MPs in the UK exempt themselves from the majority of the Government databases that they make up. For example, MPs children do not have to be recorded on the Child database (where all children are put on one giant database) which will probably be left on a train somewhere.

    Personally I trust Google more than the British Government and that's bad

    [/rant]

    Di 28 jul 2009, 12:47


  • There is an enormous amount of irony here. A member of the British government complaining about lack of privacy concerns in an internet company. This is the same government that is spying on its own citizens with hundreds of thousands of CCTV cameras, compiling huge unsecured databases filled with private information of all UK citizens, increasingly invasive ID demands to 'combat terrorism' that effectively wipe out privacy for all UK residents, and a total lack of internal responsibility when things inevitably go wrong.

    Shame on you, Mr Davis. Fix your own problems before you dare open your mouth at Google.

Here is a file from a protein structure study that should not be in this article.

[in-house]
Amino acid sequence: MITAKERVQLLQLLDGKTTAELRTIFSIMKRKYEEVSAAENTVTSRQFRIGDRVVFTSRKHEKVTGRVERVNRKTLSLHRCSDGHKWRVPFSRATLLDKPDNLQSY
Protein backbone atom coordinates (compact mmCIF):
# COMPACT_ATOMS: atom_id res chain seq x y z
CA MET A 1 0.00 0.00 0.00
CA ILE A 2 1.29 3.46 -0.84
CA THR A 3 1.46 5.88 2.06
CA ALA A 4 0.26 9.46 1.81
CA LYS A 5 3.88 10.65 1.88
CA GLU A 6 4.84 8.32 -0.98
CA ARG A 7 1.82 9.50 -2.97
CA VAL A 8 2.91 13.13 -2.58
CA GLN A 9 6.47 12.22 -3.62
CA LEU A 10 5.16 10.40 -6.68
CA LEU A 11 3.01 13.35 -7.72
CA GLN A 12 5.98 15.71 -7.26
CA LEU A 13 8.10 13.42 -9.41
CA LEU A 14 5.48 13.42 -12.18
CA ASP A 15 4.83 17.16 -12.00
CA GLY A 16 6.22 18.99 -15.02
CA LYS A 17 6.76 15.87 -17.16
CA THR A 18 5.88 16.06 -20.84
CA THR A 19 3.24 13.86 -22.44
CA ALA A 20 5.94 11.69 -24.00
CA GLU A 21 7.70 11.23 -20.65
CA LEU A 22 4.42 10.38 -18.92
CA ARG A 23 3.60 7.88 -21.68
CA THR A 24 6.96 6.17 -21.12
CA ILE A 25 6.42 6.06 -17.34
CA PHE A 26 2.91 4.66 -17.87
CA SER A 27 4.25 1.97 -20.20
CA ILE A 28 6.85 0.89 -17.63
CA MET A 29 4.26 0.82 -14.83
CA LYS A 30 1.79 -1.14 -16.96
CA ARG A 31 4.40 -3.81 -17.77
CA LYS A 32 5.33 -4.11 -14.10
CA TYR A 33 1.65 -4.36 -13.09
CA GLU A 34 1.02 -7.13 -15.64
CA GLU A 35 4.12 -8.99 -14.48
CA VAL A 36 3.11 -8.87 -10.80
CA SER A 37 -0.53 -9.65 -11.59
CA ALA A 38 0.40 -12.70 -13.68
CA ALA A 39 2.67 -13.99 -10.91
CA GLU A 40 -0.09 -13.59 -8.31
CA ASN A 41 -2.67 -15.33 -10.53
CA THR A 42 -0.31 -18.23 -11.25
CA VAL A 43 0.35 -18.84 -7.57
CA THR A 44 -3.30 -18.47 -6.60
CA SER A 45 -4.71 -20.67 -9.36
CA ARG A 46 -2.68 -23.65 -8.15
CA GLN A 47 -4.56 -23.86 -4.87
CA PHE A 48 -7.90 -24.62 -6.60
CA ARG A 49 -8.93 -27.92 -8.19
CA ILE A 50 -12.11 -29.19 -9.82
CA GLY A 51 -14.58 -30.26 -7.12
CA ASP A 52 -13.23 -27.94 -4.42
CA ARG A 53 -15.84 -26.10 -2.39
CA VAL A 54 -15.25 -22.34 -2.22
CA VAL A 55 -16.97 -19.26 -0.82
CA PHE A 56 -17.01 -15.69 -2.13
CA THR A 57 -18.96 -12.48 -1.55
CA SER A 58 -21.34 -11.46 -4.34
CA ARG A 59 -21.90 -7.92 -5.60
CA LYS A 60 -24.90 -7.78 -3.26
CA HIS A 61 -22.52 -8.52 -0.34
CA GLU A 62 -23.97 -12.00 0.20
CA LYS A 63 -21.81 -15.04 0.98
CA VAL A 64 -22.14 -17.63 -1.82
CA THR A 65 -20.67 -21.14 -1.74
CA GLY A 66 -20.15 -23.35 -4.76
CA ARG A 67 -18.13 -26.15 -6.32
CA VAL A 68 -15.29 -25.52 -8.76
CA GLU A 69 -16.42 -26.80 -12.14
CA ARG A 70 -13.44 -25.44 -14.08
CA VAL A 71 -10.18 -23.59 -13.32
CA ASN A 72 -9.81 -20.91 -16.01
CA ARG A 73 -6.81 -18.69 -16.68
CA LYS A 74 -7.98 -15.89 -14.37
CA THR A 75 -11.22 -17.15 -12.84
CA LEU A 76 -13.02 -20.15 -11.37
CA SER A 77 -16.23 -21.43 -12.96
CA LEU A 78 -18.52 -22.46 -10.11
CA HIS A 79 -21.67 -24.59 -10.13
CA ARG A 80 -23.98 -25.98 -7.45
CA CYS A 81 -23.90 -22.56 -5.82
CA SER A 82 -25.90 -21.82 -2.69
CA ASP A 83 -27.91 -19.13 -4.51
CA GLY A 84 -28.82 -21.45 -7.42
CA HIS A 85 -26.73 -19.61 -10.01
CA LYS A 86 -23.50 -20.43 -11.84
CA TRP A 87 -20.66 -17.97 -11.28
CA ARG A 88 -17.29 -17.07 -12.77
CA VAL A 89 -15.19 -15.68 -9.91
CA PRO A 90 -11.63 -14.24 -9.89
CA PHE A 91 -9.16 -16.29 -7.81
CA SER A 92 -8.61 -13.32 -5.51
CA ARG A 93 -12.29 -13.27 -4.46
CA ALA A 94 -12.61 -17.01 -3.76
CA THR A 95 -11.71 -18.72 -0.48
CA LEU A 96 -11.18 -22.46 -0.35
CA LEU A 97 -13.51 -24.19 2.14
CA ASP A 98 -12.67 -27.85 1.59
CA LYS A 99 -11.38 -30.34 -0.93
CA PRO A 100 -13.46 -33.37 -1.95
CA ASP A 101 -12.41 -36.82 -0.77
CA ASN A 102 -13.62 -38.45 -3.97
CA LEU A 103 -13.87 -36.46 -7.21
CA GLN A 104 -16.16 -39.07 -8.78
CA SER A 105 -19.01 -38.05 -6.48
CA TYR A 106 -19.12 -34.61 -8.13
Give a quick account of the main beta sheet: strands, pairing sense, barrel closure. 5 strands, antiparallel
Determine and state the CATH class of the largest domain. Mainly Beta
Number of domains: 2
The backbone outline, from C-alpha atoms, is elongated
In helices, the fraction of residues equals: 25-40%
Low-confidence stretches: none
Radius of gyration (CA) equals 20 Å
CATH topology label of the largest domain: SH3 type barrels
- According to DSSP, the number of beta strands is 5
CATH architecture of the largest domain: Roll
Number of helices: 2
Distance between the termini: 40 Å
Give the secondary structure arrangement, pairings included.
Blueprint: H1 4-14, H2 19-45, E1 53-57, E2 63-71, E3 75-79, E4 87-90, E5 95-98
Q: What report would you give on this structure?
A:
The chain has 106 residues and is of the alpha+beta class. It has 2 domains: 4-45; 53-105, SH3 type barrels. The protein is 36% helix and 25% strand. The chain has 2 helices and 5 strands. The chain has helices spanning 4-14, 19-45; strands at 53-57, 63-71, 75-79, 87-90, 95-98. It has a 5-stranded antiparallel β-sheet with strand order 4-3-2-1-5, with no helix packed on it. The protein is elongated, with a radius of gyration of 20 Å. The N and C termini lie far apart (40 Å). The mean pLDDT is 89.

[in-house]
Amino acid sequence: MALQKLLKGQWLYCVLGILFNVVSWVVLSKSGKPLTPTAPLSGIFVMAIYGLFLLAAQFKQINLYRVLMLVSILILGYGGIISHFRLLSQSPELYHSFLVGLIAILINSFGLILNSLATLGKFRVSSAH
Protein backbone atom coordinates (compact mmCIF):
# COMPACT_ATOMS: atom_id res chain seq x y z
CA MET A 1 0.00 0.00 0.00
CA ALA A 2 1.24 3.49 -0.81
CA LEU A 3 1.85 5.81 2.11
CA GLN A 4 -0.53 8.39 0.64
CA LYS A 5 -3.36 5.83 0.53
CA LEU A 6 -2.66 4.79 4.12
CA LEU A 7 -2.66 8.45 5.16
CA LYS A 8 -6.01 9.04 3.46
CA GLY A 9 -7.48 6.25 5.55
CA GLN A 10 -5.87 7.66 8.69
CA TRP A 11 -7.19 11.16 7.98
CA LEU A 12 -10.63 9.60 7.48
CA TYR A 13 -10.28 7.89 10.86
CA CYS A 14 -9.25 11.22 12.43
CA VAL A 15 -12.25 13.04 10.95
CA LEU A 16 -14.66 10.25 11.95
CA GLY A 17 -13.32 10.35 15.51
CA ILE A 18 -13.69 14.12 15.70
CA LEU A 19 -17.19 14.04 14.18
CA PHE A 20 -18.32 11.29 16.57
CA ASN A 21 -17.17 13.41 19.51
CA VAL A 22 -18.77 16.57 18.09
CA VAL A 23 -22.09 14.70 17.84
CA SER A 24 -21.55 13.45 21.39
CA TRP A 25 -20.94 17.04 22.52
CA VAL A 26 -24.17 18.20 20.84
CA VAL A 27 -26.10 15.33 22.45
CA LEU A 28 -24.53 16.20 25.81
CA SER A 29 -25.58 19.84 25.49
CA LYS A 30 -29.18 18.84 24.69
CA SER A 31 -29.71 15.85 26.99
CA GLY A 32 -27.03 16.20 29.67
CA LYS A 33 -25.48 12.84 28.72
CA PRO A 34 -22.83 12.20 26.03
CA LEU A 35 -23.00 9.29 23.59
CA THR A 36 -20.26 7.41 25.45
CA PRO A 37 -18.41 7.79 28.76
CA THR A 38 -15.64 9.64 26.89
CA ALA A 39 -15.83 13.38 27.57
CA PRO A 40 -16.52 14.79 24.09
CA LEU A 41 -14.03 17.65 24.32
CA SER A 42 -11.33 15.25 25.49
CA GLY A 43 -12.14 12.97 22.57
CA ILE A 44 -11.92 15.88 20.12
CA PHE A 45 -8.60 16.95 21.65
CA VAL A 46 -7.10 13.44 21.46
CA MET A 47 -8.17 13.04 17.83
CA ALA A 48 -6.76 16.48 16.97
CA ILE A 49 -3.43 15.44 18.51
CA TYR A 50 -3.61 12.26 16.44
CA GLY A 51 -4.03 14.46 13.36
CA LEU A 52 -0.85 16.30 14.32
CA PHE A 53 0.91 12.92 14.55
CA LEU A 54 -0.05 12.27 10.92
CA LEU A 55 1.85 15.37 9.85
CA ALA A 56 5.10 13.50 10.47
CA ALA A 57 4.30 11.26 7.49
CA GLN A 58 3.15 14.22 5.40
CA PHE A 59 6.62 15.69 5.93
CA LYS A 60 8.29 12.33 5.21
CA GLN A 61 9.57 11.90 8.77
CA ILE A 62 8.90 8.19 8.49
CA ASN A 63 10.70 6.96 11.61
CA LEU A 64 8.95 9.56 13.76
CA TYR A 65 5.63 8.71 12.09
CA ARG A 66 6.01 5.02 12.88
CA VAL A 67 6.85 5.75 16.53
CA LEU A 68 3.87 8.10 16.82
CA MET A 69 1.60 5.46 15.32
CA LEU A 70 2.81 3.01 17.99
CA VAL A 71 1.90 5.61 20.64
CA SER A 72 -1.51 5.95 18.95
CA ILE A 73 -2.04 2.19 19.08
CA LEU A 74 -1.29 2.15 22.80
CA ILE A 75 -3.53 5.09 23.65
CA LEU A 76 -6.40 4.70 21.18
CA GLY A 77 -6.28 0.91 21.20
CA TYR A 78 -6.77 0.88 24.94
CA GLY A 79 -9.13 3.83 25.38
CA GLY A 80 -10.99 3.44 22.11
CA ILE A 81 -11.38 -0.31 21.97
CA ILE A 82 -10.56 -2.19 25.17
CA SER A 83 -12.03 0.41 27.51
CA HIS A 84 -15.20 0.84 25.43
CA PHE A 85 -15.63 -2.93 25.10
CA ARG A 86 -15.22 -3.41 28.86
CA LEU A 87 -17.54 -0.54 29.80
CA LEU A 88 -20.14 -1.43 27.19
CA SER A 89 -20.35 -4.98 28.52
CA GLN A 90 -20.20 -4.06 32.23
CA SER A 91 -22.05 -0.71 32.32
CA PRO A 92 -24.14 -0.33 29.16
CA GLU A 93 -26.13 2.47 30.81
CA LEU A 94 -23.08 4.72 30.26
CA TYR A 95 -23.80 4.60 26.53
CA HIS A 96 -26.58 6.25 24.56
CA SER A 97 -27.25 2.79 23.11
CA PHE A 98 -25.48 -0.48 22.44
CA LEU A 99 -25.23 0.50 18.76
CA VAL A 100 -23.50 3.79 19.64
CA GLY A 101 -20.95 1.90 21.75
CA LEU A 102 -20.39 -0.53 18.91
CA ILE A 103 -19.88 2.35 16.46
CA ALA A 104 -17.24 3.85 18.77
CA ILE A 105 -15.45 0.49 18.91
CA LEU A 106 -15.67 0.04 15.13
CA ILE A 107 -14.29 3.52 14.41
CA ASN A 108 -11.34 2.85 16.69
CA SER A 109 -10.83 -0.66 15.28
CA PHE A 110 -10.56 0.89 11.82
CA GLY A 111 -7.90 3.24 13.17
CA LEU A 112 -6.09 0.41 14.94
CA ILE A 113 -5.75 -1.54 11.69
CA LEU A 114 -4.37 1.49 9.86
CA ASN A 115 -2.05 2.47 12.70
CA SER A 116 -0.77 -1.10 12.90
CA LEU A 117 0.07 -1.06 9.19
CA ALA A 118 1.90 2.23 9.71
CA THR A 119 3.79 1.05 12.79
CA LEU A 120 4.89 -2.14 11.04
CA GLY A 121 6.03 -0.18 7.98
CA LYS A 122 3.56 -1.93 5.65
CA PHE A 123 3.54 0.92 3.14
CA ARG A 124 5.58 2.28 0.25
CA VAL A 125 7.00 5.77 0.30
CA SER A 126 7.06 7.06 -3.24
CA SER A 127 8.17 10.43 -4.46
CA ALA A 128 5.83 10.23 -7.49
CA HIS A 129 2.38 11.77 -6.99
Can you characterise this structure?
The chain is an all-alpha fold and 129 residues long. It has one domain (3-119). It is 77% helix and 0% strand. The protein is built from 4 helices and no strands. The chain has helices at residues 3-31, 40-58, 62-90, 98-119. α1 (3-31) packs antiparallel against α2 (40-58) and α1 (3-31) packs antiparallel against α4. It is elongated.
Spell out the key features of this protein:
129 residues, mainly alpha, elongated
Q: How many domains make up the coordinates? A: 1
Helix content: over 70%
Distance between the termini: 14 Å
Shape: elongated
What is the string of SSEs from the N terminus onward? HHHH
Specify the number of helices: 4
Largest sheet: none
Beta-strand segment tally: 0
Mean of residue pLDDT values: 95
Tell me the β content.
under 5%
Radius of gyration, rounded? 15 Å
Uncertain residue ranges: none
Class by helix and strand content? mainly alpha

Do 30 jul 2009, 10:10


    • Janik

    "A member of the British government complaining about lack of privacy concerns in an internet company. This is the same government that is spying on its own citizens with hundreds of thousands of CCTV cameras, compiling huge unsecured databases filled with private information of all UK citizens, increasingly invasive ID demands to 'combat terrorism' that effectively wipe out privacy for all UK residents, and a total lack of internal responsibility when things inevitably go wrong.

    Shame on you, Mr Davis. Fix your own problems before you dare open your mouth at Google."

    Barry, there is only one problem with all of that, though it's a fairly major one that renders your comment completely irrelevant.

    David Davies is not a member of the UK government. He is a member of the opposition Conservative Party.

    You ought to do some basic research before, to use your own phrase, daring to open your mouth.